We're not recruiters, but how are you going to represent your company? Including the designing of professional development programs, online retreats, holistic employee engagement, the whole culture side, and a lot of those things that you can't pass. Because in starting a fully distributed company, you need to start getting things in place. We're firm believers in handbooks. We love training, we love walk-me-through types of programs where you can track progress and new initiatives.
We are curious about your perspective as a consultant and would want a piece of advice. Let’s say, a very important person in the company you are consulting with says “I don't want your politics at work” or “I don't want to hear you as a person”. How would you advise a company as they're thinking about their culture being remote?
Pressures of the product business are tough, and they can make you switch directions. So we don't want to judge any organizations that take a certain stance, at least they're clarifying the stance. And we always believe to own your culture, be honest about it and articulate it accurately so you'll attract the people that either fit or don't. It always goes down to what kind of culture do we want and who will add to that.
Now that we're talking about remote work and workplace flexibility, I would lean towards the add of culture versus fitting in which has so many embarrassing blunders - blunders that could have been avoided if teams are diverse, with more voices who can say “maybe we should hold off on that”.
Any last thoughts that you want to share with people regarding remote work and remote onboarding?
First and foremost, please take our TREE assessment! It's called The Remote Employee Experience Assessment and it's free! Only takes a few minutes.
So there's this little thing that I'm on right now - defining hybrid remote. We're seeing so many people talk about what hybrid remote is and there's no right or wrong answer. Telework or telecommuting, an arrangement where employees work outside of the employer's office, has been around since the1970s and to me, is the idea where you're still mandated to go into the office a majority of a week. To which I feel like a lot of people are calling that hybrid.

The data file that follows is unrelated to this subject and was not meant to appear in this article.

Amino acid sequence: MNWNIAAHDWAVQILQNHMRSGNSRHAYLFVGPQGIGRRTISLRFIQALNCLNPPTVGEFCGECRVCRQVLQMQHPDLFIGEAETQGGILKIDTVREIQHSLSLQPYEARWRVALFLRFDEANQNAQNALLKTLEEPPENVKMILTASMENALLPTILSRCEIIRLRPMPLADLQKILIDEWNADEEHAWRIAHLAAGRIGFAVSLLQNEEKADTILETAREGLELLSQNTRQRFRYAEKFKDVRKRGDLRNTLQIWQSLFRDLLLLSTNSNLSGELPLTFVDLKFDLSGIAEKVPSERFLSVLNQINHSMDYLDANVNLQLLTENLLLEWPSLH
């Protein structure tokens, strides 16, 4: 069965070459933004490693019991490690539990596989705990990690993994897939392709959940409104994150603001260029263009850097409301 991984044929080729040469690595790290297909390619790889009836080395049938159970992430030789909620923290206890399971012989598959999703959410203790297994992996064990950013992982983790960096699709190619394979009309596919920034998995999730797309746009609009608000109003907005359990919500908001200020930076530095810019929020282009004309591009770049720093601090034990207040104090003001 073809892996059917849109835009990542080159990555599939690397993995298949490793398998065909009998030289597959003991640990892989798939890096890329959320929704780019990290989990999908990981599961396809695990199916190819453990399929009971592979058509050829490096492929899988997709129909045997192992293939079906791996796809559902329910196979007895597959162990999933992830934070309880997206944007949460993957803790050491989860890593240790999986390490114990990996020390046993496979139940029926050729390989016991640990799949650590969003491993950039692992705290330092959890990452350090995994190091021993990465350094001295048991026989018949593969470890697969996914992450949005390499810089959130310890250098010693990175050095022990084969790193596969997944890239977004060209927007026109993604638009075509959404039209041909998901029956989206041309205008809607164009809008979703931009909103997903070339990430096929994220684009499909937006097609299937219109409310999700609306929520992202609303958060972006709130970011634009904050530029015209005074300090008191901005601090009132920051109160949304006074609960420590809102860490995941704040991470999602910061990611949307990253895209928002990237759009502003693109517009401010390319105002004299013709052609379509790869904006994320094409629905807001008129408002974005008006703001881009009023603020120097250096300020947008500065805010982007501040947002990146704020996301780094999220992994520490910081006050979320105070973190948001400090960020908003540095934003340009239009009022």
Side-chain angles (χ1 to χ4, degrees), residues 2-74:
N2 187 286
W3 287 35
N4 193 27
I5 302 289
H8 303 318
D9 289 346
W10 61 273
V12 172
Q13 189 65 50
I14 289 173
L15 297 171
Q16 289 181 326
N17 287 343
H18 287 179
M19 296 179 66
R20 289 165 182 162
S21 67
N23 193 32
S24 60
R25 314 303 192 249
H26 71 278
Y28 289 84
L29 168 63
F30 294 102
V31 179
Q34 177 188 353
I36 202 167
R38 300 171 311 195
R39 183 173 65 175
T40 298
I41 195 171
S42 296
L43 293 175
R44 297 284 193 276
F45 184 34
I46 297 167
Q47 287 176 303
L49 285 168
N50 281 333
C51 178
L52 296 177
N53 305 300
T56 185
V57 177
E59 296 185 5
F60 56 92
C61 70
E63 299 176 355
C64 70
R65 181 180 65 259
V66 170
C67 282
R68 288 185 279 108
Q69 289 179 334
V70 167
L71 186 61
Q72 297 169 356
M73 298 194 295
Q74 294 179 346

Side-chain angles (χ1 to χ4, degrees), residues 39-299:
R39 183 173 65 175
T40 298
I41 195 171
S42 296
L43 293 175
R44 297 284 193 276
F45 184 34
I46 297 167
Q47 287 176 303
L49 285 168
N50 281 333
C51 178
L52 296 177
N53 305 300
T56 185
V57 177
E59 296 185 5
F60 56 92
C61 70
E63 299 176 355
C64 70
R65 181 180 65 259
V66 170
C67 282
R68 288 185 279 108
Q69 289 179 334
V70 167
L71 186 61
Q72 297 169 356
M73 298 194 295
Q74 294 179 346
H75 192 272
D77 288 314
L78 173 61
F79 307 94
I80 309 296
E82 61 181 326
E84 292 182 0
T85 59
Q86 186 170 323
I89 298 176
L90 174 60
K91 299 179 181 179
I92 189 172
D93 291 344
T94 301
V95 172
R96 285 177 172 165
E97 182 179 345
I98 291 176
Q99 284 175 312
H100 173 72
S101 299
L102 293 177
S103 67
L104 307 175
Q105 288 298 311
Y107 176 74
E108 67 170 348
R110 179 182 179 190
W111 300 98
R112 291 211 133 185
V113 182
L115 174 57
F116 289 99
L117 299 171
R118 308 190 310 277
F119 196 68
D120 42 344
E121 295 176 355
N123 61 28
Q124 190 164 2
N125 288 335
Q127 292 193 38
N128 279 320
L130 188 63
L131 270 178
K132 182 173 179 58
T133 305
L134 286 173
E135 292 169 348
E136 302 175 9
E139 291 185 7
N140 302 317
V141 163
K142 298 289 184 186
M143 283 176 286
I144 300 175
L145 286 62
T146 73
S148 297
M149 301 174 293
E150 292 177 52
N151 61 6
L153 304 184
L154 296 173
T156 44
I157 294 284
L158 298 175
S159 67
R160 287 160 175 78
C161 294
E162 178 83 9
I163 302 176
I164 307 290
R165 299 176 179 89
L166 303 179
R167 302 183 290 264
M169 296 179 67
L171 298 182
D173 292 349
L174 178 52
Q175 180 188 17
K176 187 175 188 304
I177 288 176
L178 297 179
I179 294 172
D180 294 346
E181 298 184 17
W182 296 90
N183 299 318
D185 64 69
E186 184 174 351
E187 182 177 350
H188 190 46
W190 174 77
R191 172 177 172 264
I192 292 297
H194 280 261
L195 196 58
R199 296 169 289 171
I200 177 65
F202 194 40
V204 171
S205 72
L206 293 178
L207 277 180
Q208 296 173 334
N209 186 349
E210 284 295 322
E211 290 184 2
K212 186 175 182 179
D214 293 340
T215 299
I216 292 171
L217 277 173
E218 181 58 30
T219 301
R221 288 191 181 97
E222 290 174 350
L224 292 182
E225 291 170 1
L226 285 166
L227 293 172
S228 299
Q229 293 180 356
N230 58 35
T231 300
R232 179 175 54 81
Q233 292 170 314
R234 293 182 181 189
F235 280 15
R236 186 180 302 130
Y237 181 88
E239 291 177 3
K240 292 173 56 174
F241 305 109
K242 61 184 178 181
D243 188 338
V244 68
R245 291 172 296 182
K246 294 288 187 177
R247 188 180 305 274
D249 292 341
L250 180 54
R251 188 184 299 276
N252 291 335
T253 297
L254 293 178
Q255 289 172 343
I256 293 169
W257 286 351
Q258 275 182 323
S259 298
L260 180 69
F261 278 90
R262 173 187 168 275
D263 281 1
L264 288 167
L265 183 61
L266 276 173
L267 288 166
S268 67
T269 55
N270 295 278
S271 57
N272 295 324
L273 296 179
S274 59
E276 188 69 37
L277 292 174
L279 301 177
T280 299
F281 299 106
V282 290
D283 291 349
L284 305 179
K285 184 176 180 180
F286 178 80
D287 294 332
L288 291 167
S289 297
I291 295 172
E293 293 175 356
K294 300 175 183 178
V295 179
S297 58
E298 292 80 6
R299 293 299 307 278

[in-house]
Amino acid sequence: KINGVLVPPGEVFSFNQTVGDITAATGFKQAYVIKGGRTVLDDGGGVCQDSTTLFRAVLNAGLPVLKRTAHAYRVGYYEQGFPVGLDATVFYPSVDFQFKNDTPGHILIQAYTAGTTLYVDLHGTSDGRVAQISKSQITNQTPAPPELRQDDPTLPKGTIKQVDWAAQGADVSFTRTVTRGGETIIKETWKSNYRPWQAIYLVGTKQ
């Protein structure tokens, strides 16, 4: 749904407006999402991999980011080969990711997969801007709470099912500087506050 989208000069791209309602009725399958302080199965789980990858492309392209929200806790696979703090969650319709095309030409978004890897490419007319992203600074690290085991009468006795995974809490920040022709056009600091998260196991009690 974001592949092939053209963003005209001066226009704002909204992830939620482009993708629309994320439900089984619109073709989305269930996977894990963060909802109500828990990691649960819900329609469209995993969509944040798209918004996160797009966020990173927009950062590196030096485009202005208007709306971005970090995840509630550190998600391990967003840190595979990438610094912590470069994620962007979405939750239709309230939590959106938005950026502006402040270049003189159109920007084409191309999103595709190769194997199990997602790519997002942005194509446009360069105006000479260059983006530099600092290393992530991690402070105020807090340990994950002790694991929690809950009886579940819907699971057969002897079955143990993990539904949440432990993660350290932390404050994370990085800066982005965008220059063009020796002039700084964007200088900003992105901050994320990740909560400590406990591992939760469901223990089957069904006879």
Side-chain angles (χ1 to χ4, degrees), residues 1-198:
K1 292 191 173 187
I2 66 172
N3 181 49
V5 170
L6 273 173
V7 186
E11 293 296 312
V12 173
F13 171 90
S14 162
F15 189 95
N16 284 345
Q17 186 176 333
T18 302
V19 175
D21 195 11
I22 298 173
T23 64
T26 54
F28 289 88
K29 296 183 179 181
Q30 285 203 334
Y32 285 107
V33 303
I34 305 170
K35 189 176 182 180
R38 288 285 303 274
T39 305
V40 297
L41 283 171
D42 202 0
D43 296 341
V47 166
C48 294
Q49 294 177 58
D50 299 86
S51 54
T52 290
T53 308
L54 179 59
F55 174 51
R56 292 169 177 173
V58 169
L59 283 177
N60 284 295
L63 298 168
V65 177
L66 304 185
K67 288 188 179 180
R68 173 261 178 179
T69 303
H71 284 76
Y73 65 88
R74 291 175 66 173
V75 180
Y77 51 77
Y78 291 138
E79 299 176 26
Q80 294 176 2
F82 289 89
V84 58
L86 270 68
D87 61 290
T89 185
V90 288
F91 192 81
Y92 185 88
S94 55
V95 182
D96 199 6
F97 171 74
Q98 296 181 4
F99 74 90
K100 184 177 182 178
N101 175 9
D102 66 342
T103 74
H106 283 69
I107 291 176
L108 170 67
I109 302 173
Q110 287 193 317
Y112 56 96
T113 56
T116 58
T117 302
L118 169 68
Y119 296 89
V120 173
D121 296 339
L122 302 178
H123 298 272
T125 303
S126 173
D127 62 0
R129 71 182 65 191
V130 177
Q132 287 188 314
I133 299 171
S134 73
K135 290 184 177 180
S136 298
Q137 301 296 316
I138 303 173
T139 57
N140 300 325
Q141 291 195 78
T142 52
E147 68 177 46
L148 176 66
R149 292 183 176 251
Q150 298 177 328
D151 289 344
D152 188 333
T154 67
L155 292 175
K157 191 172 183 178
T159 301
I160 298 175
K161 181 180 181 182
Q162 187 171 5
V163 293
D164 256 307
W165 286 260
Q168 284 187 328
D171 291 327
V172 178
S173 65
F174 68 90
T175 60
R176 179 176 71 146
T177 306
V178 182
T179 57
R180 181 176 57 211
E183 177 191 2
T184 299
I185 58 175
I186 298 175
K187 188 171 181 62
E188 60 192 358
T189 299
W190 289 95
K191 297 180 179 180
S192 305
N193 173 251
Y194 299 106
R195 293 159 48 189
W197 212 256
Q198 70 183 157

The root around remote work models - some people work in the office and some people work remotely, and then there's a lot of variations within that sandwich. On one end of the sandwich, you have an all-remote company where everyone works remotely and on the other end, you have a telecommute option where you are mandated to go into the office a majority of the workweek but are allowed to work remotely once or twice a week. But then you have Hybrid-remote in the middle. What I would like to see is for the remote work industry to come together and better define what hybrid is so that everyone has a better understanding of what hybrid is for them and their company.
Startups and small businesses from zero to 400 employees max are realizing the need for appropriate consulting, whether they are partially remote or going fully remote. And it has become of great importance that companies must build solid cultures throughout the whole employee experience in this new world of digital and virtual environments.